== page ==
Reserve Citizen Airmen of the 39th Rescue Squadron mission plan before embarking on the long-range, open-water rescue of two German sailors stranded at sea approximately 500 miles off the coast of Florida July 7, 2017. The mission, which involved more than 30 hours of collective flying between the unit’s HH-60 Pave Hawk helicopters and HC-130N Kings, eight air refuelings transferring 16,600 pounds of fuel, a precisely executed open-ocean rescue insertion, and a highly technical nighttime shipboard patient exfil resulting in two lives saved, led to it being deemed the 2017 Jolly Green Association Rescue Mission of the Year. (U.S. Air Force photo by Master Sgt. Mark Borosch)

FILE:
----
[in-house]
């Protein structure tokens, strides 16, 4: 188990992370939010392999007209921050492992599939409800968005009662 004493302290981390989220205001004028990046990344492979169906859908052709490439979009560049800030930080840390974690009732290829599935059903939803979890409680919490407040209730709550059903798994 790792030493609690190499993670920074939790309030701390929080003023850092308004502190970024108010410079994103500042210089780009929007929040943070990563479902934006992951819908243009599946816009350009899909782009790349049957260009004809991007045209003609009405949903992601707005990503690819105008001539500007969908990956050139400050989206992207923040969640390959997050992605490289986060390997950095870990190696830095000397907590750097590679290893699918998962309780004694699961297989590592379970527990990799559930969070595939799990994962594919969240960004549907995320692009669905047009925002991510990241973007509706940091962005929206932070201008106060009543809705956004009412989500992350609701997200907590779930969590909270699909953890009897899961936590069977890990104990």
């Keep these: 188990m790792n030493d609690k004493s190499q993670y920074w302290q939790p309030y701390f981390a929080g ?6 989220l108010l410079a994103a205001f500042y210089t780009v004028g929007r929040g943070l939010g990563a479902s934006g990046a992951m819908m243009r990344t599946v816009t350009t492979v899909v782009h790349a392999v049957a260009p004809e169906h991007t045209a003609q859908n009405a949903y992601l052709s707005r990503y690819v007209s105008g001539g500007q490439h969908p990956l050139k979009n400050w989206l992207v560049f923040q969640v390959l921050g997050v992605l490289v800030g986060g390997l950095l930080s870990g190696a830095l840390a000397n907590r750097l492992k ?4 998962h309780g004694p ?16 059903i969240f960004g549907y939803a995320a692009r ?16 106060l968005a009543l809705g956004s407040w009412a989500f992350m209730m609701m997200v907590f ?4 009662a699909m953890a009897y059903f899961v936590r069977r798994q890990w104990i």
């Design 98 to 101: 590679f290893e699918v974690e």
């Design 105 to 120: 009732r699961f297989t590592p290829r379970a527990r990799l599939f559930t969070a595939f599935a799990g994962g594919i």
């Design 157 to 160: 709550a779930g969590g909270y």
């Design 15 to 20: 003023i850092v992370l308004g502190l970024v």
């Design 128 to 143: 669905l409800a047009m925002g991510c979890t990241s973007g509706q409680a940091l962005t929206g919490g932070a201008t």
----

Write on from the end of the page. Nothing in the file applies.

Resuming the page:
920th Rescue Wing long-range, open-water rescue

Maj. Cody Atchison, middle, 308th Rescue Squadron combat rescue officer, and fellow pararescuemen prepare for the long-range, open-water rescue of two German sailors stranded at sea approximately 500 miles off the coast of Florida July 7, 2017. The mission, which involved more than 30 hours of collective flying between the unit’s HH-60 Pave Hawk helicopters and HC-130N Kings, eight air refuelings transferring 16,600 pounds of fuel, a precisely executed open-ocean rescue insertion, and a highly technical nighttime shipboard patient exfil resulting in two lives saved, led to it being deemed the 2017 Jolly Green Association Rescue Mission of the Year. (U.S. Air Force photo by Master Sgt. Mark Borosch)